In light of the recent racial tragedies at IU…

In Uncategorized on November 30, 2010 at 9:36 pm

I’m not sure if you have heard of the tragedy that happened here at IU when a group of students of Asian decent were attacked by a group of African-Americans of the same age group (but not students at IU) during Halloween weekend. The students were robbed of their electronic belongings (iPod, iPad, cell phone, etc.) and a host of racial slurs were exchanged between the two groups, as many articles say. It’s just a sad, sad event that, unfortunately, does not sound hard to believe. Call me internally racist, but I have certainly seen situations like this happen before, just never to this magnitude.

I went to the emergency meeting that was held on campus in response to the attacks and I was not surprised as to how divided the room was, a kind of  mock of what the campus looks like on any given day. Everyone seemed so surprised at what had happened, and honestly, I was a bit shocked that it had elevated to violence, but considering the lack of cultural connection on campus, it was easy for me to quickly understand how the situation escalated.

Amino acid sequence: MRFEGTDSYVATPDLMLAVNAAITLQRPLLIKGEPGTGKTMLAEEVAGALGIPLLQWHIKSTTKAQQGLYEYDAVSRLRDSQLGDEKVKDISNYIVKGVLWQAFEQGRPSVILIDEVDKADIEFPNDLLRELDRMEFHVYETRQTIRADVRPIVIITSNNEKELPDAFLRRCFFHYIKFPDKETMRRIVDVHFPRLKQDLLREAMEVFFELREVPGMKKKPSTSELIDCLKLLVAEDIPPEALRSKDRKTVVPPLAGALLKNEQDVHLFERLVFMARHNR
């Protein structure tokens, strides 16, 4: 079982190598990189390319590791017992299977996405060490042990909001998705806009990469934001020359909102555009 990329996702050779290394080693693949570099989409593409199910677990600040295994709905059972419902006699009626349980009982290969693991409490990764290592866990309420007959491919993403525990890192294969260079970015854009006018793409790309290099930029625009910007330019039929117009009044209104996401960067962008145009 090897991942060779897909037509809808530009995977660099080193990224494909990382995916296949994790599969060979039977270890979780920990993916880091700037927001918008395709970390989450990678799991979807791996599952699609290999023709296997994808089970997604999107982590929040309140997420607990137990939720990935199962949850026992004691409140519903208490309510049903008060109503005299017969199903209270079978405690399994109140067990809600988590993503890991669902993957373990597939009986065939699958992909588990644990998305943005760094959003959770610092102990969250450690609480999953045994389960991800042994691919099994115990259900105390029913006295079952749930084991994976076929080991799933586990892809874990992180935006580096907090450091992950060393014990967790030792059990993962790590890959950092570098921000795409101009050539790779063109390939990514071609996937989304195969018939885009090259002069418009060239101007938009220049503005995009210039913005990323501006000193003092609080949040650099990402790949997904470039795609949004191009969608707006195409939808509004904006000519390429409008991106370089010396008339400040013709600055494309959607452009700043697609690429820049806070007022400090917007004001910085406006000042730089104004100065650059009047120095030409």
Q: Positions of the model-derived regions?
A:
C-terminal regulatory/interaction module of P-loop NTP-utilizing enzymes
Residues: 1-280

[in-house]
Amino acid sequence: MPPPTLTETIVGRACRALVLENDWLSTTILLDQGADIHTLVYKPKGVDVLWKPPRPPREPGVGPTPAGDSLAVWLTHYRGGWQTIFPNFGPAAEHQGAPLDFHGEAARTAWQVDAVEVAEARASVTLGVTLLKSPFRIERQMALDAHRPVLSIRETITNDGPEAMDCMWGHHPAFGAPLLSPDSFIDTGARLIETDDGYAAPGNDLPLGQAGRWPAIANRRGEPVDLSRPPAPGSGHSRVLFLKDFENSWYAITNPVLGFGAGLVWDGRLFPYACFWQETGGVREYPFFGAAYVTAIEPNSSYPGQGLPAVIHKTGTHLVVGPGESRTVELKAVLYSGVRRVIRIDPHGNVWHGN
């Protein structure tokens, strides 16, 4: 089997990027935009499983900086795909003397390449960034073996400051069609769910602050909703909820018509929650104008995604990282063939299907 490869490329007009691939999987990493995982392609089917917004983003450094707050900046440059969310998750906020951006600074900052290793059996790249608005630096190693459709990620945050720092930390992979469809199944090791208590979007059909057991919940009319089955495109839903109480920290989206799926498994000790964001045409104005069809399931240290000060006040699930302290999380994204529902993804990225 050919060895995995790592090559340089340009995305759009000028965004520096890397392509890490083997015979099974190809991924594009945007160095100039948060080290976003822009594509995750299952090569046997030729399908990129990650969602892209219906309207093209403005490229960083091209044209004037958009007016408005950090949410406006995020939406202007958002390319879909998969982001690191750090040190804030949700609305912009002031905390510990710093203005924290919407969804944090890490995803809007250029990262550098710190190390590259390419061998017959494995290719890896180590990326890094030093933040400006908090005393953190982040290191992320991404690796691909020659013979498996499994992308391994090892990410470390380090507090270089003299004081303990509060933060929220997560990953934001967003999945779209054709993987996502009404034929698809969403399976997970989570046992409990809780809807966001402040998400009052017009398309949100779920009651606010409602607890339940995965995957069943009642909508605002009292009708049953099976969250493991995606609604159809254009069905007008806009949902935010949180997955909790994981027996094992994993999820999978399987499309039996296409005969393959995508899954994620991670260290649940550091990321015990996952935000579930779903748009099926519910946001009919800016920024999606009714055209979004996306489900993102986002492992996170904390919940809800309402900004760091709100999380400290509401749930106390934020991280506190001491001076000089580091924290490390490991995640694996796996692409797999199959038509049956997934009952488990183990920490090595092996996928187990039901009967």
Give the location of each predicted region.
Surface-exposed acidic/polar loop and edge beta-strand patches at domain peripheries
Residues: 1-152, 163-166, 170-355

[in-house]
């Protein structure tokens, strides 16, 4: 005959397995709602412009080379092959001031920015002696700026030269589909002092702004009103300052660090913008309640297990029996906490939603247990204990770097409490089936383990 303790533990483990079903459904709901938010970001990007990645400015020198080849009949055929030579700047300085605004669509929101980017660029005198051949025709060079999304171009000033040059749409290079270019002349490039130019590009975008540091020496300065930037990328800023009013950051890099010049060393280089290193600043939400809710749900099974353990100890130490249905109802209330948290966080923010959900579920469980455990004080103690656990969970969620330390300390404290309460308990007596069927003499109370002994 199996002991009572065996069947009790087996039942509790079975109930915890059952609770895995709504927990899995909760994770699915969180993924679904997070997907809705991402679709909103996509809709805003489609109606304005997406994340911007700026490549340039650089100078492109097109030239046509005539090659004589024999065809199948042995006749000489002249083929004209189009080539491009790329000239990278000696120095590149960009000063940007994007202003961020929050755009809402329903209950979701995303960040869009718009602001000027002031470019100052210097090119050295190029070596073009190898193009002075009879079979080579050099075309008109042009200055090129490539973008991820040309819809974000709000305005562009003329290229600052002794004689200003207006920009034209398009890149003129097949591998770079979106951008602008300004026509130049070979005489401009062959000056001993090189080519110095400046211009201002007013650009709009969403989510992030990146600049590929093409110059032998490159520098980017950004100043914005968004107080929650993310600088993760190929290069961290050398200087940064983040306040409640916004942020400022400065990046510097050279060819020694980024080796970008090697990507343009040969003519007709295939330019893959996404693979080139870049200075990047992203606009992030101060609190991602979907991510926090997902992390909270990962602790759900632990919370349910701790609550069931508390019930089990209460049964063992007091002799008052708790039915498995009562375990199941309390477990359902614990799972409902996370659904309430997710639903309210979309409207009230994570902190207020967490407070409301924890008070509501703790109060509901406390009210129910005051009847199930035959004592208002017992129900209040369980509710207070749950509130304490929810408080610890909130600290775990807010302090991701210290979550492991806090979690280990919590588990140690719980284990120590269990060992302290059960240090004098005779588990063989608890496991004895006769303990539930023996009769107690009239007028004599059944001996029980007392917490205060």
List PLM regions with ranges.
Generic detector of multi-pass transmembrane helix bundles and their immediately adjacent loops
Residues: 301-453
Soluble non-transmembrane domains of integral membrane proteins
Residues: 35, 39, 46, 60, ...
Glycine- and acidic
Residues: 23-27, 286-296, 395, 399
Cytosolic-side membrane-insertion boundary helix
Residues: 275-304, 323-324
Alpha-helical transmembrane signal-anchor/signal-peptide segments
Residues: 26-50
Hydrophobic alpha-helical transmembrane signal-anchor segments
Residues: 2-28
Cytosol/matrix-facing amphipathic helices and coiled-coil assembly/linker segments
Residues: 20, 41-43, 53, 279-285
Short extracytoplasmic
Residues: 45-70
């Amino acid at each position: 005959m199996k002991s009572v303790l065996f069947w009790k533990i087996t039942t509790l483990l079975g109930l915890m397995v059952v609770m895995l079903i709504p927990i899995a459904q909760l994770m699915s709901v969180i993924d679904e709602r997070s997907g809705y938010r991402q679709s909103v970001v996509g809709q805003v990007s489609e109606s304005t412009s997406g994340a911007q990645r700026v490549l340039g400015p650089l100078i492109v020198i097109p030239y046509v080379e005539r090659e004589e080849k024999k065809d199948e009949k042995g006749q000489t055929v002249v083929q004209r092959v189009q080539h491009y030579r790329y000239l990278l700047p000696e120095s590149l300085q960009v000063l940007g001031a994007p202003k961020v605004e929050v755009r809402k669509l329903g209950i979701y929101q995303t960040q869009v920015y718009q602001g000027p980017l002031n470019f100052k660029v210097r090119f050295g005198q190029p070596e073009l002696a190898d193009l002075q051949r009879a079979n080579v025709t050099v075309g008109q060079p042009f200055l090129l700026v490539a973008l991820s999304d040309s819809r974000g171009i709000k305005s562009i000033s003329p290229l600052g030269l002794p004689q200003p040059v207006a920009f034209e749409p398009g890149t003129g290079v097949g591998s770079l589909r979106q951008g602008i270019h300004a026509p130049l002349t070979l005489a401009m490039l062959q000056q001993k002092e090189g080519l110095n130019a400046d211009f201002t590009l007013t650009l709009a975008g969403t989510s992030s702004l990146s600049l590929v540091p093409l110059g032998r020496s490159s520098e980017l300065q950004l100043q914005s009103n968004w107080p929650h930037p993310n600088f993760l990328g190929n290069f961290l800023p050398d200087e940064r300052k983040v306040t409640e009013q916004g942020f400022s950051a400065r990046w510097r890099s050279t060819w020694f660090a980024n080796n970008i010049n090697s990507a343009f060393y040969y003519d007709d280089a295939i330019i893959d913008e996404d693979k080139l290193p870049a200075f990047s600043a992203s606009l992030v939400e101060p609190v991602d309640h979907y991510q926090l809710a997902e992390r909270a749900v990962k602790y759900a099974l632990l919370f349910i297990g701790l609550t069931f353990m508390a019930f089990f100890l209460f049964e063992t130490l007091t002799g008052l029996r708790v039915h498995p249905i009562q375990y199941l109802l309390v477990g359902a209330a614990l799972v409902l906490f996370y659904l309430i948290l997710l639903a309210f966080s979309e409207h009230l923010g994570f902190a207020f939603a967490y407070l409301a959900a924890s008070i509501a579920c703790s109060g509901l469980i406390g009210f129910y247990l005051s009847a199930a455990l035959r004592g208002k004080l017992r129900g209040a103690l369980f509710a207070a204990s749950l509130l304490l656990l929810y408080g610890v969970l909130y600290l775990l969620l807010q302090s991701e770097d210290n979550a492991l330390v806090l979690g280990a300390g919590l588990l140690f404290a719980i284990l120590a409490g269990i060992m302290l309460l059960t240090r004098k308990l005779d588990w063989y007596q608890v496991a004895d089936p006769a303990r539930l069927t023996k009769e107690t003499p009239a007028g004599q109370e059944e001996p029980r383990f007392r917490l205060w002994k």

Primarily, some people are just ignorant.

If you’re from a town, where everyone looks like you, everyone worships the same God you worship and everyone has the same economic struggles as you, it is easy for you to become unaccustomed to the rest of the world. It’s almost like you’re trapped in a bubble that limits your cultural exposure. What becomes detrimental to the rest of the world is that one person who steps out of the bubble, with their lack of cultural awareness, and opens their mouth. In this situation, their words were “Hey here comes Chinatown”.

Now, because of the seemingly bias reports that I have witnessed overtime, I wont go into my assumptions on whether the media inaccurately reported a type of sensationalist story that described the Asians as helpless victims and the African-American men as ruthless robbers, but I will say, that when I returned on campus to hear of the horrible tragedy, it seemed as though IU was looking toward the black community to explain their behavior and in turn I feared the worse.